Wednesday, June 23, 2010
When It Comes to Pornography and More, The Real Crime Is Indonesia’s Hypocrisy
Indonesia’s latest enfant terrible, singer Nazril “Ariel” Irham of the band Peterpan, has been officially detained for his alleged role in the production of homemade sex videos featuring himself and at least two female celebrities. Ariel will no doubt be sacrificed at the altar of the controversial 2008 Anti-Pornography Law.
Legal polemics aside, though, the saga has also revealed an undesirable mask our nation chooses to wear, seemingly with pride: unabashed hypocrisy.
While religious clerics and politicians were busy condemning Ariel and his sex partners’ “immorality,” we also learned that the Web sites featuring the sex clips crashed because of the millions of Indonesians eager to watch them.
The outcry is almost deafening. The mayor of Bandung has declared Ariel persona non grata in his jurisdiction.
A cafe owned by Ariel’s girlfriend, Luna Maya, who is reportedly also in two of the sex clips, faced threats of a raid by Islamic hard-liners.
Our fervor to root out immorality does not stop there. Police have barged into schoolrooms to check whether students have the offending clips on their mobile phones.
In a move that surely infringes on constitutional rights, police officers who routinely stop motorbikes to check for driver’s licenses have now suddenly become morality officers as well, demanding to check people’s mobile phones for pornographic content.
The plain fact of the matter is that Indonesia, despite superficial piety and other self-delusions, is far from being a sexually ascetic nation.
A 2008 survey conducted by the government agency for family planning, BKKBN, indicated that 63 percent of urban teenagers have had premarital sex.
And, to boot, as our morally excellent Minister of Communications Tifatul Sembiring informed us, 97 percent of all our senior high school students have been exposed to pornography.
Nearer the bone, our prostitution industry can rival that of Thailand, and yet officially prostitution does not exist in Indonesia.
No Indonesian law deals effectively with prostitution, hence our brothels are legally nonexistent.
As such, the local government cannot license them and yet they thrive, if only sanctioned by public servants who in all probability extort protection money from pimps and proprietors.
And then, ludicrously, during the Islamic fasting month, these brothels along with other nightlife spots are forbidden from operating.
In the best tradition of Indonesian grand gesturing, then, the government officially forbids something that officially does not exist.
To project an image of perfect piety — at least for a month — the notion of religious freedom and human rights is tossed aside.
Still, this illusion of perfect piety may be destroyed when hard-liners treat recalcitrant nightspots to a dose of religious violence.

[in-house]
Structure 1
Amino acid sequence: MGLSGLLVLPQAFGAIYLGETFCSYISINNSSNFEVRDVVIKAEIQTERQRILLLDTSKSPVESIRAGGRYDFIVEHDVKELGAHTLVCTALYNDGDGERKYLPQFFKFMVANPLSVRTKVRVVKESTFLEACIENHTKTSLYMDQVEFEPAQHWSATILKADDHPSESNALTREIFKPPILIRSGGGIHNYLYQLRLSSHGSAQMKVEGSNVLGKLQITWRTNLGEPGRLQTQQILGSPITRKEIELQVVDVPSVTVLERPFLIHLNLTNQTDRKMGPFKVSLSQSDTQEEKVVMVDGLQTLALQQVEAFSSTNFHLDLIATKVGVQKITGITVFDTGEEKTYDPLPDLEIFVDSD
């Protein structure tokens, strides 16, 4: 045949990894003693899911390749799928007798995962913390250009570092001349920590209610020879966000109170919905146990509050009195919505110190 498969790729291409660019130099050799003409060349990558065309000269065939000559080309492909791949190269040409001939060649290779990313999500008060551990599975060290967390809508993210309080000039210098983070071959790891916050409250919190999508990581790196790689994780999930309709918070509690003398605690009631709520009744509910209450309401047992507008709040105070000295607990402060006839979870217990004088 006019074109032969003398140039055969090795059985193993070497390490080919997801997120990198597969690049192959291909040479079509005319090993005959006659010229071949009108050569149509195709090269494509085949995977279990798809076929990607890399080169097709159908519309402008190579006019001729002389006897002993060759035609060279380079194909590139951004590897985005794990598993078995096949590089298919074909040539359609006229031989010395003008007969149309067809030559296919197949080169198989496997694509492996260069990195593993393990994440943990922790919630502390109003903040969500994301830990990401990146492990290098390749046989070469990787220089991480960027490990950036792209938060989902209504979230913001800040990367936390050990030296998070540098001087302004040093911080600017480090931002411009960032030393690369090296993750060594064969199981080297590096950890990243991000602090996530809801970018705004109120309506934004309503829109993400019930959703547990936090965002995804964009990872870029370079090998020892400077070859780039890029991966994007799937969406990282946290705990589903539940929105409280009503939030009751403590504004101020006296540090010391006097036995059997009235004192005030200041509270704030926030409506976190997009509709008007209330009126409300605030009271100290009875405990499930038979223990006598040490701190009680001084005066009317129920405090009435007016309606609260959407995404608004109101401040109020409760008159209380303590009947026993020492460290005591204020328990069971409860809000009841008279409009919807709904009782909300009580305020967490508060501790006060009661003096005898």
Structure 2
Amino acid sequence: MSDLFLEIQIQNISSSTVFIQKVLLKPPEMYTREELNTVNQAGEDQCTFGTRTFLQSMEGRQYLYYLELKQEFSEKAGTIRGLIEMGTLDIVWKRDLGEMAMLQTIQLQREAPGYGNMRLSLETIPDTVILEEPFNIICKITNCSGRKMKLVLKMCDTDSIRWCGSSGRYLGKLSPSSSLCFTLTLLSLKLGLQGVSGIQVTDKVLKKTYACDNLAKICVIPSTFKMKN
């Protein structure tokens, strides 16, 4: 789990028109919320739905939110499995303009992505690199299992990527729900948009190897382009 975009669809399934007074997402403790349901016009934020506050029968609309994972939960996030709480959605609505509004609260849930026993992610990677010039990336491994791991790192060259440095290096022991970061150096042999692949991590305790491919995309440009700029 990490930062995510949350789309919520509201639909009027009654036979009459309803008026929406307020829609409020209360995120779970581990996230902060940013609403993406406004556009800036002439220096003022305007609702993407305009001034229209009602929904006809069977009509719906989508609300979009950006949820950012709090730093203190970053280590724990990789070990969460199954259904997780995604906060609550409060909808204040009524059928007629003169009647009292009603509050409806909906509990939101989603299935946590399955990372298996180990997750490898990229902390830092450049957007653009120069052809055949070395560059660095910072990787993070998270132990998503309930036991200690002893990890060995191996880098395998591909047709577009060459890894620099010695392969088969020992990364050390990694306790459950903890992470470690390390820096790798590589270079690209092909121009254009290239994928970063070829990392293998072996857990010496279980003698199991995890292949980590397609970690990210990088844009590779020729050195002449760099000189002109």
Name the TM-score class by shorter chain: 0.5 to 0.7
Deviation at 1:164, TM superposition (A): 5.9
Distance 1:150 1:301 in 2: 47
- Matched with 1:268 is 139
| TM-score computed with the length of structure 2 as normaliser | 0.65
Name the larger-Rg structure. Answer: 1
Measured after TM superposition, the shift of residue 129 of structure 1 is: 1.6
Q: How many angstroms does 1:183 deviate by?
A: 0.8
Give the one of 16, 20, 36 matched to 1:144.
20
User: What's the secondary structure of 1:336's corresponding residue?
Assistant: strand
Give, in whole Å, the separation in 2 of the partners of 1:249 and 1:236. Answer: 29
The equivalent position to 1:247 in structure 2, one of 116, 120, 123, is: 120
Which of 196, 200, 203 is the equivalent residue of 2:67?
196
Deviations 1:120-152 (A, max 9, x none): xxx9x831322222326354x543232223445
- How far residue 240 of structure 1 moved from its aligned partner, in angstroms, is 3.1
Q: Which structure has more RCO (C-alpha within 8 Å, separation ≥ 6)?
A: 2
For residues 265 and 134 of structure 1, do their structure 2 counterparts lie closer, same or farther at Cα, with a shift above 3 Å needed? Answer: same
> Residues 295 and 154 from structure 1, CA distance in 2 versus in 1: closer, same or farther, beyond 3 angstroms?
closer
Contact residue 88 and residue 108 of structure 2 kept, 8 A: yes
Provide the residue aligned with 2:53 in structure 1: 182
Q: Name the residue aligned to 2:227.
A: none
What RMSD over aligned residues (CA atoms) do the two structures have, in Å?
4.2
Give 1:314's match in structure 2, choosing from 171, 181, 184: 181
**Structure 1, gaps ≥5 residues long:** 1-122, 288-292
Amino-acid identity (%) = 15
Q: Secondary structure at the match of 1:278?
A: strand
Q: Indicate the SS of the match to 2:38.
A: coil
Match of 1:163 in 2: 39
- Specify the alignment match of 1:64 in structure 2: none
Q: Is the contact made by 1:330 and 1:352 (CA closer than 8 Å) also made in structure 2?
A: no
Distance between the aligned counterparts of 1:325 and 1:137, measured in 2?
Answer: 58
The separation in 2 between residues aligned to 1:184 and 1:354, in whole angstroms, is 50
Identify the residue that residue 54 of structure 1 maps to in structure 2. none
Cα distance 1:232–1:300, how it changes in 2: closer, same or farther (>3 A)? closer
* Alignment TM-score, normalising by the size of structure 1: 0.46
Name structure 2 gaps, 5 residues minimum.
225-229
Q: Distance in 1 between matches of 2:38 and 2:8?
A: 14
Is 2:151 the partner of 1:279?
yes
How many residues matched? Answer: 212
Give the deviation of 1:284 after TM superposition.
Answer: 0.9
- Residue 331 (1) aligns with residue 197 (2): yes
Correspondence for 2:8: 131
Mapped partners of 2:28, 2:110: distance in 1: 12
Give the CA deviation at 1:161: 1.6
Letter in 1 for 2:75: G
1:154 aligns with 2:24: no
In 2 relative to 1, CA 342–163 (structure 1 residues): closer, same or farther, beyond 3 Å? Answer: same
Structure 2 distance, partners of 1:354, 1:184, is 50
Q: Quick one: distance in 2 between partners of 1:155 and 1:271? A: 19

If the government fully realizes that sex workers will always be around, then the sensible thing to do is to legalize them.
Several studies conducted among sex workers in Indonesia reveal that many young women were forced into prostitution by economic factors.
Many are sold into it by parents and boyfriends. Then when they are in the industry, they receive no legal protection and are exploited by their pimps.
Few sex workers can escape the vicious cycle, and the main reason for it is that the sex industry is not regulated by law.
A properly regulated sex industry means better protection for sex workers and a surer guarantee against abuse of power by pimps.
However, the problem remains that no lawmaker would have the audacity to introduce such a proposal.
It would amount to political suicide, not because Indonesians are a host of sexually upright citizens, but because we are always more interested in appearances than substance.
When a documentary on the lives of resort boy toys in Bali (“Cowboys in Paradise”) hit the news, authorities made sudden raids on the beaches despite the fact that the cowboys had always been there.
When it was revealed that 70 percent of liquor imports into the country come through Bali ports, all of a sudden we had a group of local lawmakers eager to wage a war against alcohol use.
Ariel’s case is no different. He recorded the clips for his own enjoyment and they were leaked by someone else when he lost his laptop.
Yet this case of breach of privacy has been magnified into a crusade against immorality by religious and conservative factions.
To make matters worse, the government, always vehemently hypocritical in the face of “piety issues,” has joined the bandwagon.
Where was the government when religious thugs turned morality police violated Luna’s constitutional right to own and operate her business as a citizen?
Where is the rule of law when an anarchic militia group such as the Islamic Defenders Front (FPI) takes the law into its own hands?
The government’s own hypocrisy has made it wary of warding off anarchists who victimized Luna.
To do so would be to condone the “immorality” of the actress. Perhaps upholding her rights would be unpopular in the eyes of our hypocritical public.
But to perpetuate such hypocrisy is an even worse crime against democracy and civilization.
Johannes Nugroho is a writer based in Surabaya.